The anticholesterol drug Lipitor has been one of the best-selling drugs worldwide for a number of years and has been a major source of income for the world’s biggest drug company. Lipitor therapy can cost up to $168 per month. Lipitor was first marketed in 1998, and by 2006 it had reached peak sales of $12.9 billion, accounting for 27% of the company’s revenue. In 2010, with $10.8 billion in sales ($5.3 billion in the U.S.), Lipitor still accounted for nearly 16% of total revenue. In 2008, Pfizer entered into a licensing agreement with Indian generics manufacturer Ranbaxy Laboratories to sell atorvastatin in the U.S. effective in November 2011 and to have exclusivity for 180 days before other drug makers can enter the market. The only differences in the generic version will be in the size, shape, and/or color of the drug product. It is anticipated that Watson Pharmaceuticals and perhaps other manufacturers will also introduce a generic for Lipitor in the future.1-5  

Pfizer also faces patent expirations for other big sellers including Viagra, the first of the phosphodiesterase inhibitors to be approved for erectile dysfunction; Celebrex (celecoxib), the first cyclo-oxygenase inhibitor to be marketed for inflammatory disease; and Lyrica (pregabalin), approved for treatment of fibromyalgia and neuropathies. These three drugs represented over $3 billion in sales in the U.S. alone in 2010. 1-5

Seroquel, Nexium, and the AstraZeneca Product Line

Seroquel (quetiapine), an atypical antipsychotic approved for a variety of conditions from depression to bipolar disorder and schizophrenia, was introduced in 1997 by the British pharmaceutical company AstraZeneca. Depending on the dose, the drug costs about $549 per month. Seroquel’s worldwide sales amounted to $5.3 billion in 2010 ($3.7 billion in the U.S), or nearly 16% of Astra’s revenues. Seroquel was originally destined to expire in September 2011 but received a 6-month extension from the FDA through a pediatric exclusivity agreement. A generic version is now available in the U.S. In total, drugs that accounted for approximately 62% of AstraZeneca’s 2009 revenue will likely face competition from lower-priced generics by 2014, including the cholesterol-lowering drug Crestor and the proton pump inhibitor Nexium (esomeprazole). The total U.S. sales for Crestor and Nexium topped $8 billion in 2010, with Nexium accounting for 15% of the company’s total sales.1-5

Zyprexa and the Lilly Product Line

Zyprexa (olanzapine), like Seroquel, is an atypical antipsychotic introduced in 1996 and used to treat the symptoms of schizophrenia and bipolar disorder. Typically, therapy with this drug costs up to $641 per month. Since 2003, Zyprexa consistently earned revenues of over $4 billion, and in 2010 revenues were over $2.5 billion in the U.S. alone, or nearly 22% of Lilly’s annual sales.1-5 But Zyprexa has generated controversy as well as revenues. In 2009, Lilly agreed to pay $1.415 billion to settle criminal and civil allegations for the off-label promotion of Zyprexa to treat dementia. Also in 2005 and 2007, Lilly settled lawsuits for over $500 million with patients over claims that Lilly withheld information about the drug’s link to hyperglycemia. A generic version of Zyprexa was produced in the U.S. in 2011. Other Lilly products facing patent expiration over the next several years include Cymbalta (duloxetine), Evista (raloxifene), and Strattera (atomoxetine), drugs totaling over $3.5 billion in total sales in 2010. 1-5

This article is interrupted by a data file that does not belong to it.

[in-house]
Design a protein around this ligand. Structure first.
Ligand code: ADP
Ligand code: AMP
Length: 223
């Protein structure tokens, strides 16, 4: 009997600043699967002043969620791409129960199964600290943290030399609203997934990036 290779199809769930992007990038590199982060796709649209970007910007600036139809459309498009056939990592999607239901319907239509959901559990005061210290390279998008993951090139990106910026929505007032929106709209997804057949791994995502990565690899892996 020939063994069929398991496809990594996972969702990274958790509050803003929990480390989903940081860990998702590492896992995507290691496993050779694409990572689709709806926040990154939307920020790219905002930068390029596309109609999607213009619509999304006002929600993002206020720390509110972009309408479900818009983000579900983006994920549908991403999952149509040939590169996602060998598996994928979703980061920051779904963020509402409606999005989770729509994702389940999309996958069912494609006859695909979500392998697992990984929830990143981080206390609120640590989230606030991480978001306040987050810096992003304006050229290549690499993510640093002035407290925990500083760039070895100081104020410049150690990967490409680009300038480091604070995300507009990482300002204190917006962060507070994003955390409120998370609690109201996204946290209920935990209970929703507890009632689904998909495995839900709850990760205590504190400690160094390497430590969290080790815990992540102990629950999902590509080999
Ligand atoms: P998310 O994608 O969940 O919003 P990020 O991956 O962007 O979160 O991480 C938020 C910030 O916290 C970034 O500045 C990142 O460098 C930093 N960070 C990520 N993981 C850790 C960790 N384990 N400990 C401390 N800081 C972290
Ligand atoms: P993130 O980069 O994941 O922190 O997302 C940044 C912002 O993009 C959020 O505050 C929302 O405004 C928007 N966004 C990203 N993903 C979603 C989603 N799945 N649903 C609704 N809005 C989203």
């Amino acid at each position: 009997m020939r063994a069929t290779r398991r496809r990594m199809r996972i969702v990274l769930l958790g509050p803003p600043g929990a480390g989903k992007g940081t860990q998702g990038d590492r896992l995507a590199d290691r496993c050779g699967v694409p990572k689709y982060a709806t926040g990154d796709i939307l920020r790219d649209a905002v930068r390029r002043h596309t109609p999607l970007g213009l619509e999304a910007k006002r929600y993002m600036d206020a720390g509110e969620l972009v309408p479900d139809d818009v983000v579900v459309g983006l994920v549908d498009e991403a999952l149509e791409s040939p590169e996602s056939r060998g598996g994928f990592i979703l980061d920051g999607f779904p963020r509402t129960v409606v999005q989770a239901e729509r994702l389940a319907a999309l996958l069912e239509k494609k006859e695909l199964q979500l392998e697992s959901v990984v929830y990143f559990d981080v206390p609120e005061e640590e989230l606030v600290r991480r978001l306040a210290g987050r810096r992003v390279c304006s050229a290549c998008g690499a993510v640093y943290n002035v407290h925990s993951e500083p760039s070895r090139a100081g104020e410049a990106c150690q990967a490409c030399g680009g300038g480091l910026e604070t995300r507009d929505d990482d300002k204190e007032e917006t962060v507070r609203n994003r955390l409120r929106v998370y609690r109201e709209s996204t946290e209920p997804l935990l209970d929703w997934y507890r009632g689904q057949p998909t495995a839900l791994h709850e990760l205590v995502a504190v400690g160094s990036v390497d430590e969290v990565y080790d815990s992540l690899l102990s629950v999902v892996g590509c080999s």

Plavix and the Bristol-Myers Squibb
and Sanofi-Aventis Product Lines

Plavix (clopidogrel) has been the most prescribed antiplatelet brand-name drug for the prevention of heart attack or stroke, and was the second best-selling drug in the world, with $9.4 billion in global sales in 2010. This drug has been marketed jointly by Sanofi-Aventis and Bristol-Myers Squibb, and the cost of therapy averages about $162 per month. In 2010, Bristol recorded $6.7 billion in Plavix sales, or 34% of its total revenues of $19.5 billion. Sanofi recorded sales of nearly $3 billion, or 7% of its 2010 revenues. In 2006, generic drug-maker Apotex briefly marketed generic Plavix, but was ordered to stop until November 2011. The order was extended by the FDA, and Plavix’s patent expired in May, 2012.  

Bristol-Myers Squibb is also facing 2012 patent expiration for its antihypertensive medication Avapro, with global sales in 2010 of $1.2 billion; its deal to market Abilify (aripiprazole), a drug used for schizophrenia and bipolar disorder with sales of $2.6 billion worldwide in 2010, is also due to end in 2012. Their patent on Reyataz (atazanavir), which generated over $400 million in sales in 2010, will also expire in the near future. Sanofi has already lost patent protection in the U.S. on its top seller, Lovenox (enoxaparin), a low-molecular-weight heparin. In 2010, the company said generic competition caused the loss of more than e 2 billion (U.S. $2.6 billion) in sales. Sandoz, the generic pharmaceutical division of Novartis, is already marketing generic enoxaparin, and other generic manufacturers are also looking to launch their own formulations of this drug. 1-5

Levaquin, Concerta, and the Johnson & Johnson
(Janssen Pharmaceuticals) Product Line